The wealth (and poverty) of Indian nations
Small businesses and tribal colleges offer fresh hope in Indian country. They also face great hurdles.
Four directions: Native American lending in Maine
Four Directions, a community development financial institution established by Maine?s four Native American tribes, is overcoming many traditional barriers to lending on tribal land.
Native CDFIs are providing much-needed credit in Indian country.
Few big winners
Many believe American Indian tribes are swimming in cash, thanks to their casinos. In fact, very few tribes have really hit the jackpot.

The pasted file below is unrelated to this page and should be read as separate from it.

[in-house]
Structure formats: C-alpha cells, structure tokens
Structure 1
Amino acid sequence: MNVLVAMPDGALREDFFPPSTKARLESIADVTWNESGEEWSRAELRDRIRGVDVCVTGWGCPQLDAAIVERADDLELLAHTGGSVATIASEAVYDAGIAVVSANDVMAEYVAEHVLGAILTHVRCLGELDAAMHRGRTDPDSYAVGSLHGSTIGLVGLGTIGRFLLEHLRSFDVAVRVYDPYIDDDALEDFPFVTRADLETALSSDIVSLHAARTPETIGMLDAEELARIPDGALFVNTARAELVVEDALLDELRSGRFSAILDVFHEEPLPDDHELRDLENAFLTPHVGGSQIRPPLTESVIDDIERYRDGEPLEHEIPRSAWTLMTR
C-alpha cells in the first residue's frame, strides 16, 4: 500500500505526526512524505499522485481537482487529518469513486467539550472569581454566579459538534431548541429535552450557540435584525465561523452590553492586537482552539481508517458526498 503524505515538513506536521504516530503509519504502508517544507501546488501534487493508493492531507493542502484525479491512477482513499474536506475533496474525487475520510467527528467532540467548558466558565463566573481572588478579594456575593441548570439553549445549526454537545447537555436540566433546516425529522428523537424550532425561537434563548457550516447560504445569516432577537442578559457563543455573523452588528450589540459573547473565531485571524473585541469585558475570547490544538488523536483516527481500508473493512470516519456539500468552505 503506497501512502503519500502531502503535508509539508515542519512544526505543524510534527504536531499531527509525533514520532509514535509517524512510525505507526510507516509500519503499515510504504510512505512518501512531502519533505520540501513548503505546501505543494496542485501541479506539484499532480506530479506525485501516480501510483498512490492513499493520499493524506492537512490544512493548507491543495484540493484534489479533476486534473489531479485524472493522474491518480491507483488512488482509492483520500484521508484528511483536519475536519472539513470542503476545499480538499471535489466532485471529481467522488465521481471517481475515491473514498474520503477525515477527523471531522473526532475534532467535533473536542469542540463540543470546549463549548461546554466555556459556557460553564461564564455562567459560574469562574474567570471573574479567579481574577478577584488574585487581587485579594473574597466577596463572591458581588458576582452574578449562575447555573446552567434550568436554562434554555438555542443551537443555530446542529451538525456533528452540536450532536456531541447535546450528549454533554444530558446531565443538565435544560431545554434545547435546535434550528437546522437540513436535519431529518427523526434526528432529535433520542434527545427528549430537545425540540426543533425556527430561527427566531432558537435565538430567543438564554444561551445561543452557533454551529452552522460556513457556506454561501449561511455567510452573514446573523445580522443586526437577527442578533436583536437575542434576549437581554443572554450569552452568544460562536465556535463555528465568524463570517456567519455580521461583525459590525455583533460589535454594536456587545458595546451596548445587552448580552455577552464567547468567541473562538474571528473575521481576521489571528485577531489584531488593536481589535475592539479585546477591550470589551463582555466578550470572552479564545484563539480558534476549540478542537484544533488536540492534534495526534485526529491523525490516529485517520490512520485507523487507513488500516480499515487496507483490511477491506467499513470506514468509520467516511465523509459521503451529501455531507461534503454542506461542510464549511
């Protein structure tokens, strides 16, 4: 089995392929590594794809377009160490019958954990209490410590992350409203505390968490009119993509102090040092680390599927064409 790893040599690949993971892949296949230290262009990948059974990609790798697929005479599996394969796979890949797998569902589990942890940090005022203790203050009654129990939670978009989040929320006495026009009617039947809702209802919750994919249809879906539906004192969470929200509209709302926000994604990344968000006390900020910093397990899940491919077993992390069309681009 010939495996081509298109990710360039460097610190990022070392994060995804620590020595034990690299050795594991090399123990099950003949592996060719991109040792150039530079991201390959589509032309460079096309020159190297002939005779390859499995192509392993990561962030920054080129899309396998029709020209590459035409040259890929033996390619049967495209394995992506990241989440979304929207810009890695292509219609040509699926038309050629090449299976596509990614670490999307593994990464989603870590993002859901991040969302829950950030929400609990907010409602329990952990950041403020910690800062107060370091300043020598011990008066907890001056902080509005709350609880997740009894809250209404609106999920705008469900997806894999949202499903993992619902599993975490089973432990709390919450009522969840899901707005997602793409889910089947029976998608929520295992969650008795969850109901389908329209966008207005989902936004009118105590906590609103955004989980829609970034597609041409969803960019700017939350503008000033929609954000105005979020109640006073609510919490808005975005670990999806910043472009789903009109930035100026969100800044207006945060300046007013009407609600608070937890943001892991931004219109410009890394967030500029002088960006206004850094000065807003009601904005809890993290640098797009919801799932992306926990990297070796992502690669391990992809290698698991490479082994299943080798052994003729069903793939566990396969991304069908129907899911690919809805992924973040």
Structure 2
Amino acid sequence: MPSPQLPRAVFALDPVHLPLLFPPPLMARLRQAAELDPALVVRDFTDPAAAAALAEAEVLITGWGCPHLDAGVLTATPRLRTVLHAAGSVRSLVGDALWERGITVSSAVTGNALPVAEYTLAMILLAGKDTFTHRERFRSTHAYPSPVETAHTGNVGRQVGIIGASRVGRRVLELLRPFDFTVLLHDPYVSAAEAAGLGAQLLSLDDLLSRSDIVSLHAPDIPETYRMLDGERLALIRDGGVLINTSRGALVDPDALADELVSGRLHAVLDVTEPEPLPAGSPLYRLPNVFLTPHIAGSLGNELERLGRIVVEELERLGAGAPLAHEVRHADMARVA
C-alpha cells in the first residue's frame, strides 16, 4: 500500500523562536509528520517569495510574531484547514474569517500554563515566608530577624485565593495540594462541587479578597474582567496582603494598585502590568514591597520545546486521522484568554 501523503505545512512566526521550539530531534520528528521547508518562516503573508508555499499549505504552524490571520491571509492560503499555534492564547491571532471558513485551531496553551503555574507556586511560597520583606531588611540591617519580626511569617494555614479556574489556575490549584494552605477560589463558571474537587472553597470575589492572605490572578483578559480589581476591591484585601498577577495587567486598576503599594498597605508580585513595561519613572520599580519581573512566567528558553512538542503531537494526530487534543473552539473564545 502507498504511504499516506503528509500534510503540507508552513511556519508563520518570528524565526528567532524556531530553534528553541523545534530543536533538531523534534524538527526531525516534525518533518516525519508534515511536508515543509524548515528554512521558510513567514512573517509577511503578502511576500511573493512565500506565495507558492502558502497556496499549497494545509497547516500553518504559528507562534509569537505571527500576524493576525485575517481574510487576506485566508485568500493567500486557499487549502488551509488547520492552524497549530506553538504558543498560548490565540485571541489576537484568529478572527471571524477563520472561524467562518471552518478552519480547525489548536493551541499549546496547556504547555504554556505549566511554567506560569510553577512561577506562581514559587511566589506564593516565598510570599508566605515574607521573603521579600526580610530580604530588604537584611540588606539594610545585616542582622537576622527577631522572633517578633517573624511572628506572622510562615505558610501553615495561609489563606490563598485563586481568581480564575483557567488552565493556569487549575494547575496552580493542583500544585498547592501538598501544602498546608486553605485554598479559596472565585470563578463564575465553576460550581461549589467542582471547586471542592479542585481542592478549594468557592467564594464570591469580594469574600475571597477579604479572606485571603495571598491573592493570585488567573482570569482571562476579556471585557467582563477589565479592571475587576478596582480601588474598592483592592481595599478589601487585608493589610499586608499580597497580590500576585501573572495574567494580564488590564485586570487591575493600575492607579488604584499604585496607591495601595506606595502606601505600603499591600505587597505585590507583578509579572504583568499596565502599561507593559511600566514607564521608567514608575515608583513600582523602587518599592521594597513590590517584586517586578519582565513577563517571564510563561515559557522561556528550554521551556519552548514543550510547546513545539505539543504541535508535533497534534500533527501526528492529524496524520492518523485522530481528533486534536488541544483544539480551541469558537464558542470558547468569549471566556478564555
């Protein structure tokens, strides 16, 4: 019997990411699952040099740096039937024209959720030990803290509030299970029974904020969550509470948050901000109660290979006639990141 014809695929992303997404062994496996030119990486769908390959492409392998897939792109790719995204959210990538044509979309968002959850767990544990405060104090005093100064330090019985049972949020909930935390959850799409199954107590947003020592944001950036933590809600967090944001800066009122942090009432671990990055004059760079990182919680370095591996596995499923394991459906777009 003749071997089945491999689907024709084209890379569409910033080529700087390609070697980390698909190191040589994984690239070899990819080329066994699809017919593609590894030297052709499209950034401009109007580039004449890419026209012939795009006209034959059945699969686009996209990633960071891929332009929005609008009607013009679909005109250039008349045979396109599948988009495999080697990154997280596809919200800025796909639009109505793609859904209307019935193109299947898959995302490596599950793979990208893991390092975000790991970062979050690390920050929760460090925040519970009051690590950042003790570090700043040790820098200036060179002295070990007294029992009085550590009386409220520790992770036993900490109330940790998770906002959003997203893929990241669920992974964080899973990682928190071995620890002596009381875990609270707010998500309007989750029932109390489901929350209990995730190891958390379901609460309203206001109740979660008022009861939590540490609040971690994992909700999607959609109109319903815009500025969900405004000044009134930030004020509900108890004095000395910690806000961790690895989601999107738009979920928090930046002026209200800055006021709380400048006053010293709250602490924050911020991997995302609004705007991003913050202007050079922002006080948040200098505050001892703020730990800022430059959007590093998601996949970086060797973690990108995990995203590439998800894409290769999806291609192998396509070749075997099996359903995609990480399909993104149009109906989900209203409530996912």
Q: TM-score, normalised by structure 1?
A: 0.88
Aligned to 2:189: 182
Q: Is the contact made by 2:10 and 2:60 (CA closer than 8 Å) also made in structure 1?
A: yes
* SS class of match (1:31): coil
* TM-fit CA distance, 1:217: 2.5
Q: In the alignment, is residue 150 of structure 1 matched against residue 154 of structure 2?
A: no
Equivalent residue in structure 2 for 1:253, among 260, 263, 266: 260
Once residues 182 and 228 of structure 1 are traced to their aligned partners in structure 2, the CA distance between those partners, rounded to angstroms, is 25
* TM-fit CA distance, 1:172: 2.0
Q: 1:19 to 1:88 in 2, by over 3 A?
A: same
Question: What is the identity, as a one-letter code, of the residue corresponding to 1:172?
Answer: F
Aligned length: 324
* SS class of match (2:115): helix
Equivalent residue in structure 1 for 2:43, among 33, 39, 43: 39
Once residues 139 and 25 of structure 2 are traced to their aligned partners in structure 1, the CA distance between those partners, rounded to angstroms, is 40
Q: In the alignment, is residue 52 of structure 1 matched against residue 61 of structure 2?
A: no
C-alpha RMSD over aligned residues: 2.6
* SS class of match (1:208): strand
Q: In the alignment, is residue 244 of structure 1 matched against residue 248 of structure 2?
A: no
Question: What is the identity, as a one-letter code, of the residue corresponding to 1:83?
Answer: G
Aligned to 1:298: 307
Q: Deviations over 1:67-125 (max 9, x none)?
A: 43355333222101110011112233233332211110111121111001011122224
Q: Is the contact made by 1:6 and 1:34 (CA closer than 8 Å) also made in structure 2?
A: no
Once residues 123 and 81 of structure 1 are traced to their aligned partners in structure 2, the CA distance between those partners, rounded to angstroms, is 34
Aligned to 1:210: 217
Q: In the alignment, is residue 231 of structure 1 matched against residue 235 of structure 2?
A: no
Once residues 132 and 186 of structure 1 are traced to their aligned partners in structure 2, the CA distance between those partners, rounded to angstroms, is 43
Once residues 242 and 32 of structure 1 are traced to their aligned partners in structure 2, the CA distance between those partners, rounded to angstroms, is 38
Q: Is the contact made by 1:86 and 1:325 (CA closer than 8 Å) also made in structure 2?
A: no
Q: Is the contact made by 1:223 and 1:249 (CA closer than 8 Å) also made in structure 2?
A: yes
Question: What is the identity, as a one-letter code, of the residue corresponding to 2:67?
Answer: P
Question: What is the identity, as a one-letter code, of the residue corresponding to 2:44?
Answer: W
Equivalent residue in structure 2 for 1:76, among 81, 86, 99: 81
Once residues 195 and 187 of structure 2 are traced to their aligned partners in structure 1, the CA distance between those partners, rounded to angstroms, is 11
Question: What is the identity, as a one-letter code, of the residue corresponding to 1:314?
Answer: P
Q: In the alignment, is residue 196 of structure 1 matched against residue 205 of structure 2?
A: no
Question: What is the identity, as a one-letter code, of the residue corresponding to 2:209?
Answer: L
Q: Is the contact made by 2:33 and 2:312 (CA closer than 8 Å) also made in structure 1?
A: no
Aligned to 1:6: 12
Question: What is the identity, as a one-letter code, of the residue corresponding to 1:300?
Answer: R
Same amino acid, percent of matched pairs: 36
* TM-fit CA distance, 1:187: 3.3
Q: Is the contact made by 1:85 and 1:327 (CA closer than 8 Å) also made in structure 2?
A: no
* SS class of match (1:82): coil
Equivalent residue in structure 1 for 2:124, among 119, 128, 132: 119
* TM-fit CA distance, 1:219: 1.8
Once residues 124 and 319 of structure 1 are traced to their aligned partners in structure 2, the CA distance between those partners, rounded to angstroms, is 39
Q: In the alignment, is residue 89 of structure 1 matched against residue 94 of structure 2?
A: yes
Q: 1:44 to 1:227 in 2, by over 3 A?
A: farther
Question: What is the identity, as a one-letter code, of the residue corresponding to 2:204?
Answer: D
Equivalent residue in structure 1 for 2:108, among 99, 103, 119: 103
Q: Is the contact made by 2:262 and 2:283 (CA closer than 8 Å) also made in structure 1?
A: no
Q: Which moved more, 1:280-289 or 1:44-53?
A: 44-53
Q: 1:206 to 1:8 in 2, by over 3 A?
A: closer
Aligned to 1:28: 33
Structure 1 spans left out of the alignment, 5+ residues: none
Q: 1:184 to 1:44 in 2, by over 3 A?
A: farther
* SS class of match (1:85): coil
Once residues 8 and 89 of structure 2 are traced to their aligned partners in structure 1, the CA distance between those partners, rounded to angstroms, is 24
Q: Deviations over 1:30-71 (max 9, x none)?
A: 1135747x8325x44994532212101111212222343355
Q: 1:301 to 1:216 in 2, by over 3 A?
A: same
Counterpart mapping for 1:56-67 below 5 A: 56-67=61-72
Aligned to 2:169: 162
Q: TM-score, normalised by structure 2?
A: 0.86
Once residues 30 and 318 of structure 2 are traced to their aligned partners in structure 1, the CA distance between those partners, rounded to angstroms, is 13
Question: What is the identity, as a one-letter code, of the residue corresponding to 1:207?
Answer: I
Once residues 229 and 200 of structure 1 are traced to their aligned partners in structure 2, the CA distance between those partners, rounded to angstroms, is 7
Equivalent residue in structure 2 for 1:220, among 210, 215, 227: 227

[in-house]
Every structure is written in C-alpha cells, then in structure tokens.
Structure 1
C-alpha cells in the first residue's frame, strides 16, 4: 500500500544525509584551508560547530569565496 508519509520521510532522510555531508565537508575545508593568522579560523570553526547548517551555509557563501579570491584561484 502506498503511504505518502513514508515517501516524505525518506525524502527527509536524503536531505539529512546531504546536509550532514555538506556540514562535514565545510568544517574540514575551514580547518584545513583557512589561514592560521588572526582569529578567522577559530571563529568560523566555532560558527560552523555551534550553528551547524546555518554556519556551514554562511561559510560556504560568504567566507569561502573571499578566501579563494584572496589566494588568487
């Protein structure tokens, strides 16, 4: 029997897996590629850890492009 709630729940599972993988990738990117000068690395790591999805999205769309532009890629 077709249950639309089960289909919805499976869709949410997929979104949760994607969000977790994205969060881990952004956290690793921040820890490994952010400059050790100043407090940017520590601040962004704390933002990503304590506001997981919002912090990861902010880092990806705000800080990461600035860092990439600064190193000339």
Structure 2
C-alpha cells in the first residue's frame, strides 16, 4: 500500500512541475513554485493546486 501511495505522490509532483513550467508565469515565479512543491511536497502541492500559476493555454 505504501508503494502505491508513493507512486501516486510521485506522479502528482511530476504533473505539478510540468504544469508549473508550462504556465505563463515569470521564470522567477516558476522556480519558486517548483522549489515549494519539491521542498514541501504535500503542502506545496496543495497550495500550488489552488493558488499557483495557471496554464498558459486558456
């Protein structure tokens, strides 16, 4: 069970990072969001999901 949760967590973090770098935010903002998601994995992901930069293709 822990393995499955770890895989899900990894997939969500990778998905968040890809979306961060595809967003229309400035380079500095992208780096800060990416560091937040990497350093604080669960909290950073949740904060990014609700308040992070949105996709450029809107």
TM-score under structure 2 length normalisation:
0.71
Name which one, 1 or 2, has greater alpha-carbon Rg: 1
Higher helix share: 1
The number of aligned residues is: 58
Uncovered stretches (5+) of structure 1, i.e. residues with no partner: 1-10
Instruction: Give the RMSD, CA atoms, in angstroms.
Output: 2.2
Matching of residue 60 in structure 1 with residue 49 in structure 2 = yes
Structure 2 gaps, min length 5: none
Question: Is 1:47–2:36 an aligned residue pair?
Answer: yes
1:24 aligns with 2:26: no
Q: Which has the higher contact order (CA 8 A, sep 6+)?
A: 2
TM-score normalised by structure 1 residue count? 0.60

Growth by degrees
The good news: tribal colleges help develop Indian economies and cultures. The bad news: they face a chronic funding crisis.
Milking the new buffalo
Casinos are a major source of new wealth for many Indian tribes in the Ninth District and both Indians and non-Indians seek the profits they yield. But too little discussion of late has focused on their true costs and benefits.
Small business development holds great promise for American Indian economic progress, but big obstacles remain.
Native American Bank: banking the unbanked
In 2001, 21 tribes formed Native American Bancorporation, the first nationally focused tribal bank. A Chippewa Cree and former assistant vice president of commercial lending explains why NAB?s understanding of tribal law has helped the bank serve customers better.
While economic conditions have improved for American Indians living on reservations, poverty remains prevalent, and tribes face deep challenges in their efforts to develop.